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Danger: Cave Ahead: No Boys Allowed!

Earlier this summer, I'm sure you remember the daring rescue of the Thai boys' soccer team from a flooded cave in northern Thailand. The story took many turns, from the team first being reported as missing, to being discovered trapped in a flooded cave, and then heroically rescued by expert cave divers. The rescue story did not have a completely happy ending—a retired Thai Navy SEAL who volunteered to help find the missing boys died while placing air tanks along an underwater escape route for the boys. The death of the Navy SEAL was the only sad loss to an otherwise incredible story of courage, bravery, persistence, and diligence.

When the boys were finally rescued, the stories of how they ended up in the cave were the most thought-provoking to me. As the boys reported, they had not told their parents they would be visiting the cave. One boy in particular even reported he didn't inform his parents that he was going to the caves because he was sure he would not be given their permission.

When I heard that part of the story it immediately brought me back to my younger days of growing up on the north side of Chicago. Like most kids in the '70s, roaming the neighborhood was part of our everyday activity in the summer. We left the house in the morning, encouraged by my mother as she would often say, "why don't you go out and play and find something to do." Now, as a father with my own children, I can understand why she wanted to get rid of us for a few hours. The neighborhood was relatively safe, and I'm sure there could have been more than a few places I could have found trouble. However, what I remember distinctly was learning the fine art of asking my parents for permission when I knew they would say no. As most boys learn, it's all in the way you ask or even conveniently forgot to check if it's okay. As adults, we do the same thing at work or in our relationships when we skirt the lines of what we perceive to be acceptable. For a Thai boy who is captivated by a mysterious cave, the temptation is easy to imagine.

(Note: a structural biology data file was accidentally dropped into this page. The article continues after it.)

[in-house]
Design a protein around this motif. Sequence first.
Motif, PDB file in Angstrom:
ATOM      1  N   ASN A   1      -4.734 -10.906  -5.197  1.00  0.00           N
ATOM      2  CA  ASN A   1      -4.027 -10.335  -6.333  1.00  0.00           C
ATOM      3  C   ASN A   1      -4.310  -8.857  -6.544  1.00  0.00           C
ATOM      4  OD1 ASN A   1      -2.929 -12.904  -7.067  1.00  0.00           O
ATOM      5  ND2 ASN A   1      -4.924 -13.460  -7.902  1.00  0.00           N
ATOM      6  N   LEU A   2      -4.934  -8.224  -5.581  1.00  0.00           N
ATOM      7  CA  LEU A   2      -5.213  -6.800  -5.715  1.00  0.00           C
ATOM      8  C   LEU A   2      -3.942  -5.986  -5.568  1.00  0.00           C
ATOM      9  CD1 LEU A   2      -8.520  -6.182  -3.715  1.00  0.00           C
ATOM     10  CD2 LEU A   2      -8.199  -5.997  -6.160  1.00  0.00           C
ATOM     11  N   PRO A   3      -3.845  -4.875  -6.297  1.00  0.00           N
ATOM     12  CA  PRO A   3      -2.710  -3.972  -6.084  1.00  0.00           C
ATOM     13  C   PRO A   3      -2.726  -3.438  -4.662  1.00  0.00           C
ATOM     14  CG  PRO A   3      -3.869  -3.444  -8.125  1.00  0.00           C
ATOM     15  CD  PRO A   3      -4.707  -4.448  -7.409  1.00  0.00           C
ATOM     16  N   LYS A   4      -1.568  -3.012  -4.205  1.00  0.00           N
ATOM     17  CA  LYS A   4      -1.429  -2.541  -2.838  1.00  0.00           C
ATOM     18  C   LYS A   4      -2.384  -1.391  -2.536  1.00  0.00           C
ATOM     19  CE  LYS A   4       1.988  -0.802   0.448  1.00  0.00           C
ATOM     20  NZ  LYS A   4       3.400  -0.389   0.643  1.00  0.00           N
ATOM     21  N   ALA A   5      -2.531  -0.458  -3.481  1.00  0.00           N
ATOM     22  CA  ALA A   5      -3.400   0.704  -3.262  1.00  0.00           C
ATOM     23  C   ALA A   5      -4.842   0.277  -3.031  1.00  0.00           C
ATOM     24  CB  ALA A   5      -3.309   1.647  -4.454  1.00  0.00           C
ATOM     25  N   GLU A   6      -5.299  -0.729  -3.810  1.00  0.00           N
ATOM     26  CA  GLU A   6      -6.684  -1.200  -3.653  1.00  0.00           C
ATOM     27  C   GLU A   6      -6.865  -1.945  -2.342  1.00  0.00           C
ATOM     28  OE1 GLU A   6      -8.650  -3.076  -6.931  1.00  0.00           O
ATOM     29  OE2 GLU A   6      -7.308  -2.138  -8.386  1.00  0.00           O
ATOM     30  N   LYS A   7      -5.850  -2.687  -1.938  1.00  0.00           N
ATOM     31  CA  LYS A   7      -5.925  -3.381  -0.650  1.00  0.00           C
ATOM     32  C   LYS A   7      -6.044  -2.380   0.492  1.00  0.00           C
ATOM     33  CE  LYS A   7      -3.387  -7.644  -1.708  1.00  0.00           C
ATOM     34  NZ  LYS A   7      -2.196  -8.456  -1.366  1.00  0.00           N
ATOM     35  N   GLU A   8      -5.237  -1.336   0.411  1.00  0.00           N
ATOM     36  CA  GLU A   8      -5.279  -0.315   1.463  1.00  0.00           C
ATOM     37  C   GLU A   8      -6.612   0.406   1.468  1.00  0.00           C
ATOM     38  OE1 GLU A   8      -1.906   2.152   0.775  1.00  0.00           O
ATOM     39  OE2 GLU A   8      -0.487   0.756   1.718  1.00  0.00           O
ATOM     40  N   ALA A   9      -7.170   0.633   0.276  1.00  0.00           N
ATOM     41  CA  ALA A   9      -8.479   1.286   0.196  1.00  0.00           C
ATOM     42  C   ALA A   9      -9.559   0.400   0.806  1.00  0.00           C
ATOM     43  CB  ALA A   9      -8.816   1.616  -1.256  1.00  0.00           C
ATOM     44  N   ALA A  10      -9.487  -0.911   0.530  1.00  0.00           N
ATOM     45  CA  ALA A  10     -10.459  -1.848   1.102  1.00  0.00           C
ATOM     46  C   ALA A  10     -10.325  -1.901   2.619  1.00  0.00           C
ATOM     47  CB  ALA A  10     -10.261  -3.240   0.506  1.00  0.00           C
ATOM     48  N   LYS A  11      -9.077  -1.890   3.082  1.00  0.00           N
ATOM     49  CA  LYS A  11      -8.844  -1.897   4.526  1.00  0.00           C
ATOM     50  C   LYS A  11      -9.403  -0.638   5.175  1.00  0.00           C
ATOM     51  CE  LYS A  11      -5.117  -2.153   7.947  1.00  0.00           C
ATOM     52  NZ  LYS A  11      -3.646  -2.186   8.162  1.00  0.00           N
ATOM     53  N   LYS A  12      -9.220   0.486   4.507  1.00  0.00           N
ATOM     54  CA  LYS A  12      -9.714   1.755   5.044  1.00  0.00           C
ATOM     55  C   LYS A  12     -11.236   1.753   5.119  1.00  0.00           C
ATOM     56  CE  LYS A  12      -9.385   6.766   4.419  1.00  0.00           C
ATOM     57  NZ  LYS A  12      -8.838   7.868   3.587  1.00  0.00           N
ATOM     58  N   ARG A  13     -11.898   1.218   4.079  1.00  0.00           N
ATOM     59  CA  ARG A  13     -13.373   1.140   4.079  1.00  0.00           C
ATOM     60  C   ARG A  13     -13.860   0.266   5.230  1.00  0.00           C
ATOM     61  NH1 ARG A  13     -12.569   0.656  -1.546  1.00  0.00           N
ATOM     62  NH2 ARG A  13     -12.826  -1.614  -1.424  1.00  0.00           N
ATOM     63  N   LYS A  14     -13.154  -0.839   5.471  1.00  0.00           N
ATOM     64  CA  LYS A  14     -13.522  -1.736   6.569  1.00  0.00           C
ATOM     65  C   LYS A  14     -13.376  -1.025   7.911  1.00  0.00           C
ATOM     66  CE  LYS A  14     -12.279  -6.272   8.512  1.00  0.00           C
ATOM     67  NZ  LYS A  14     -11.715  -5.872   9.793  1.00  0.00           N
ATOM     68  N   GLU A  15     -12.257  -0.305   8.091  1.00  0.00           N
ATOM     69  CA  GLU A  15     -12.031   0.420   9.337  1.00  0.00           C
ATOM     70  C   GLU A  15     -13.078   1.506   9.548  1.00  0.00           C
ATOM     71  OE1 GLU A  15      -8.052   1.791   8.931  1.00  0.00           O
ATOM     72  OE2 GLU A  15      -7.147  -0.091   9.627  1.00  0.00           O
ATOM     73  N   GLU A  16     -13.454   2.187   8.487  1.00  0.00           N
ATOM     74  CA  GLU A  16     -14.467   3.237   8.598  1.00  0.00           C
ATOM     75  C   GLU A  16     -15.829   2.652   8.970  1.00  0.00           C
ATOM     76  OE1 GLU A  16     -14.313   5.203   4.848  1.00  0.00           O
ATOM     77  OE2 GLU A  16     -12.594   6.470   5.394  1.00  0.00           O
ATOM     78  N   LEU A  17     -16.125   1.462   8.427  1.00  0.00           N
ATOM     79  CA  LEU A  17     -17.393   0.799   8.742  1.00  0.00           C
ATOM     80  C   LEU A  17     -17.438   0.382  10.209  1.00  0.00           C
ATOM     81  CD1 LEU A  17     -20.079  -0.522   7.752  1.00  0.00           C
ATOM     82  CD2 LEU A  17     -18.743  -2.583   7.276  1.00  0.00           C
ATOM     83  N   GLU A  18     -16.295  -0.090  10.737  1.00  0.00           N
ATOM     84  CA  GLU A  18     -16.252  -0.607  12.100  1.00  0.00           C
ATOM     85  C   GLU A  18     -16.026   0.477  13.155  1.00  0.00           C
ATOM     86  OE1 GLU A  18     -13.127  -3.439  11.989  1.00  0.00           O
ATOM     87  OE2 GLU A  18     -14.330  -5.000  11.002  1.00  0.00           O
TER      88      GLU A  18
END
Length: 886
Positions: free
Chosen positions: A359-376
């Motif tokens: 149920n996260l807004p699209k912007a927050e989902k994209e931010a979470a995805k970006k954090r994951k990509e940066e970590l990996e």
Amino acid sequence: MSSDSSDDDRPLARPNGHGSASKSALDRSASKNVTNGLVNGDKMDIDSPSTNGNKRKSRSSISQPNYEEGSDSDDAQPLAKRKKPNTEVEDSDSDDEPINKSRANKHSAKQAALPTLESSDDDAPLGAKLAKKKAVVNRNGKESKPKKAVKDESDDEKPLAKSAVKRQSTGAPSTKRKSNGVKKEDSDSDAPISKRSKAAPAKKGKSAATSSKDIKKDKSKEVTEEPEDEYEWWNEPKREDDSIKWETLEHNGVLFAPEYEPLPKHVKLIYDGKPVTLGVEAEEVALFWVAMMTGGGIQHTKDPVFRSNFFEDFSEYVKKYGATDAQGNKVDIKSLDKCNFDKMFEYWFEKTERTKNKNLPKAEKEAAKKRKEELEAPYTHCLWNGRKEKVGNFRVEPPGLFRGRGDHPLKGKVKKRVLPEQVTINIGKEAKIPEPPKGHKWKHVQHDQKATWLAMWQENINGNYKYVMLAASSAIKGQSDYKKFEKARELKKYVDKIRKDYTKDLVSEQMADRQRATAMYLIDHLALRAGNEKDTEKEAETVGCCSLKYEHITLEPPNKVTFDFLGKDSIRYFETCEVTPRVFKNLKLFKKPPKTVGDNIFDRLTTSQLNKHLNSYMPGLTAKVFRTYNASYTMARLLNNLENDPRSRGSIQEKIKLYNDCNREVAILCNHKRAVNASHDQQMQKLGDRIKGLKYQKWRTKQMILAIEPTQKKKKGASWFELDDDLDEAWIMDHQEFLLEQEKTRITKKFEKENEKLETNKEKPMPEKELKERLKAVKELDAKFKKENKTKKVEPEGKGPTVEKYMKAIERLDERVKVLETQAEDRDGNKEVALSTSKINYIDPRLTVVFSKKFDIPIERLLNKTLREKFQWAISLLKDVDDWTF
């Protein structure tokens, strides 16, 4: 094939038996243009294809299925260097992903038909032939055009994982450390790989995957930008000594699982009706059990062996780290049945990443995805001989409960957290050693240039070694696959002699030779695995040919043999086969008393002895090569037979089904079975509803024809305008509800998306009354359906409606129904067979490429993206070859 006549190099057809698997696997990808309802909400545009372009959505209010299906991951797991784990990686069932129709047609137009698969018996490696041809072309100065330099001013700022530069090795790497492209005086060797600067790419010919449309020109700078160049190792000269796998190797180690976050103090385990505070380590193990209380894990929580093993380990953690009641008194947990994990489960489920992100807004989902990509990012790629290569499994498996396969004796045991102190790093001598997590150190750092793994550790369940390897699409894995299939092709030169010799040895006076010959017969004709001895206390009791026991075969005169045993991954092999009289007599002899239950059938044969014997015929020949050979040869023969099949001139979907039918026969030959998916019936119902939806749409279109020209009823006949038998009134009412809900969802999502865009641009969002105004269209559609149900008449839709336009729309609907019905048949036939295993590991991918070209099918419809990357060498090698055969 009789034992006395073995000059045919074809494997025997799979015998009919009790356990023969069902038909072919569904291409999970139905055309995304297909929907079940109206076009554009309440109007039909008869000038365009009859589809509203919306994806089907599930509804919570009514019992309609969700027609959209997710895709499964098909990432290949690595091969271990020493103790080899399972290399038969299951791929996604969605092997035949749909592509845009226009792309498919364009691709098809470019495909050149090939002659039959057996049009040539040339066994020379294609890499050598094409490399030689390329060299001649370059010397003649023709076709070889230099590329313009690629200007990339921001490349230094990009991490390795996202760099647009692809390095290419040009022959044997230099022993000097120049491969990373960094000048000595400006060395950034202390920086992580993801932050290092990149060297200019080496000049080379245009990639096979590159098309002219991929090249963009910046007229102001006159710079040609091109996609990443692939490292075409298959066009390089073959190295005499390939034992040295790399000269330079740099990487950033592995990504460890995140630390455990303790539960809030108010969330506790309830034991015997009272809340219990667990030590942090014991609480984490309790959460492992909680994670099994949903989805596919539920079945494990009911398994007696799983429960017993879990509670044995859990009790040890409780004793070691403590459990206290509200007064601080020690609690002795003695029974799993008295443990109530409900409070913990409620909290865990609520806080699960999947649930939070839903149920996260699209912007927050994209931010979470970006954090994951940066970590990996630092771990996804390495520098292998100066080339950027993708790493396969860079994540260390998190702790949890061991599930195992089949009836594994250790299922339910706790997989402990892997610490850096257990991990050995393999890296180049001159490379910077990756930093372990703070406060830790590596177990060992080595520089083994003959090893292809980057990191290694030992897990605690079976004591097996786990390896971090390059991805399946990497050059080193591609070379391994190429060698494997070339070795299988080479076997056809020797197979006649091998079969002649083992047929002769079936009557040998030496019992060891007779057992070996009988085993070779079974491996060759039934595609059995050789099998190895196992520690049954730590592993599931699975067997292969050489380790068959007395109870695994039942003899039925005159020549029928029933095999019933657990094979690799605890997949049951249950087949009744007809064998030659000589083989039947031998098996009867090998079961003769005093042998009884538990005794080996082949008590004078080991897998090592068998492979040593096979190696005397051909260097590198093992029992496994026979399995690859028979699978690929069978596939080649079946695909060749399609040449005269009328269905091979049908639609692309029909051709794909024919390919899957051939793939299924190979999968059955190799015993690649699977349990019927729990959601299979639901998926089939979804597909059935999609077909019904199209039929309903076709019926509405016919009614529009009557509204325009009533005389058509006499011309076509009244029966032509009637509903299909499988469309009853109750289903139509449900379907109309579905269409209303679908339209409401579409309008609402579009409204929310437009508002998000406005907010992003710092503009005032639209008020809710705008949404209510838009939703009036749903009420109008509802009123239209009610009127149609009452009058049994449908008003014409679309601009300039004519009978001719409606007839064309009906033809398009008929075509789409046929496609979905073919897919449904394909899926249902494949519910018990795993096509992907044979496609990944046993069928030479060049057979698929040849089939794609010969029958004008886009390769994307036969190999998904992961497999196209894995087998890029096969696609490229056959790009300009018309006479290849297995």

Boys need these moments to learn the nuances of decision-making. Obviously, most boys won't find themselves trapped in a cave, but they will find themselves in situations where there isn't a quick escape route out. Thankfully, the boys had a coach who held them together using meditation techniques so they could cope with the lack of food and physical exercise. Some might wonder, "why did the coach give the boys the okay to visit the cave?" The coach had been to the cave before and reportedly planned to only stay for a brief visit, but a flash flood sent waters rising nearly 10 feet in less than an hour.

As we get ready for a new school year, our Regis boys will probably find a creative way to ask their teachers and administrators for permission when it comes to extra recess or a break from the usual nightly homework. As adults, we have to set appropriate boundaries and explain to boys when our permission will be granted. As we develop trust with our boys, they'll realize receiving permission comes with developing maturity, honesty, and a loving family and community. Hopefully this is the "Regis Experience" for every boy, even when the lure of a mysterious cave is around the corner.